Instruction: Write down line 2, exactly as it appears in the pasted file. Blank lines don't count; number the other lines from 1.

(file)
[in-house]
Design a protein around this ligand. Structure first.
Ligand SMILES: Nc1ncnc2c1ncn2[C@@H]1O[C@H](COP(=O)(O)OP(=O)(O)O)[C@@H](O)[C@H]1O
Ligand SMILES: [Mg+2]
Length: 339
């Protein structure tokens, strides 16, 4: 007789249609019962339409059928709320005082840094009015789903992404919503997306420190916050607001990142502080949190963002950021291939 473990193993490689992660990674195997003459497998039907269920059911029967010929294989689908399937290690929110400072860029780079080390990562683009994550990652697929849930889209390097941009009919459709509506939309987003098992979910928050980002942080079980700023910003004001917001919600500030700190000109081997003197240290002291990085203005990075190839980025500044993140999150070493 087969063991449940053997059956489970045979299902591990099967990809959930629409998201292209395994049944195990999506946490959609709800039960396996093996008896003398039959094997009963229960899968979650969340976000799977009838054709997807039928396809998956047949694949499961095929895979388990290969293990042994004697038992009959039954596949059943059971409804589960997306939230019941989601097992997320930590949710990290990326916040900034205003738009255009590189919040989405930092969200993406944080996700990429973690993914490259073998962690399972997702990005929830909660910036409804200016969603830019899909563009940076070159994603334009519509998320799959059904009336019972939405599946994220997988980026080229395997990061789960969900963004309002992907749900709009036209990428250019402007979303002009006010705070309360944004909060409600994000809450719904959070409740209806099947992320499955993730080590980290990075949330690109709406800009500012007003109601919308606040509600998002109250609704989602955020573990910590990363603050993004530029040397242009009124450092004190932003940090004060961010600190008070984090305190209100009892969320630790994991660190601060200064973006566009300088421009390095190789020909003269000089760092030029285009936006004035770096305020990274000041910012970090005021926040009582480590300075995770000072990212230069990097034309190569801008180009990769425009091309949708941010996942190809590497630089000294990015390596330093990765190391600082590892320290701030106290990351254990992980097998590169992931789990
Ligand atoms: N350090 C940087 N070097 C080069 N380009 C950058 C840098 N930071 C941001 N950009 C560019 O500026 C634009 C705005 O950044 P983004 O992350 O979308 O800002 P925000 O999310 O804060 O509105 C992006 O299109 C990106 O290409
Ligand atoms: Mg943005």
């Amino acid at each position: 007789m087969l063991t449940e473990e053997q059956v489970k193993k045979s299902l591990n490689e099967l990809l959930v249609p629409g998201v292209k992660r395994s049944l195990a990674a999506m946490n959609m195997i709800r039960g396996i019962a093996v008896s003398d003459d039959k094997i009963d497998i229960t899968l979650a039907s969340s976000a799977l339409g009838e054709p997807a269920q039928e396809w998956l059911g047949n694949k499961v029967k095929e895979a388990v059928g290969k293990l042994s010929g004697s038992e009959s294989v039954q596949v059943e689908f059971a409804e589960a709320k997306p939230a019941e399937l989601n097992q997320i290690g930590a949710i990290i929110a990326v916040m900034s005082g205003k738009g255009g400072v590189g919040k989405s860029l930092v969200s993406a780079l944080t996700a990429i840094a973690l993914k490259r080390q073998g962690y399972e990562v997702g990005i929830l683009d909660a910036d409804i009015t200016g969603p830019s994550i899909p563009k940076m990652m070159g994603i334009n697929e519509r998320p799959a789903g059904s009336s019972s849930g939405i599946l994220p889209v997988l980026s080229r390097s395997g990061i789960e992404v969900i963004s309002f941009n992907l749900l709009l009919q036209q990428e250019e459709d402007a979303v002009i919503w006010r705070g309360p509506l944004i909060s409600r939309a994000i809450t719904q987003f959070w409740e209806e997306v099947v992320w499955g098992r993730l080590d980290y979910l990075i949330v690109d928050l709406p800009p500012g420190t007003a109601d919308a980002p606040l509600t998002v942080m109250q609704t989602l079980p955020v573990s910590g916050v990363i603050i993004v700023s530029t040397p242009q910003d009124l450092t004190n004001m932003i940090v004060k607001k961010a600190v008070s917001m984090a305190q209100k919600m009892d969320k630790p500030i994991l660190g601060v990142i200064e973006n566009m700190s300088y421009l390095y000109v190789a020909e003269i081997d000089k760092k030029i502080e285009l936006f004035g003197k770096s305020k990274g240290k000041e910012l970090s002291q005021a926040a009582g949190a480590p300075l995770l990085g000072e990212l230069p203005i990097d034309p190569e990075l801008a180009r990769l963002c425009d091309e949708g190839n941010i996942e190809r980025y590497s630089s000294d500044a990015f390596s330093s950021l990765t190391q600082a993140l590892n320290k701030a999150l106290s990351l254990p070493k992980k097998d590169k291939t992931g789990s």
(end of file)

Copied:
Design a protein around this ligand. Structure first.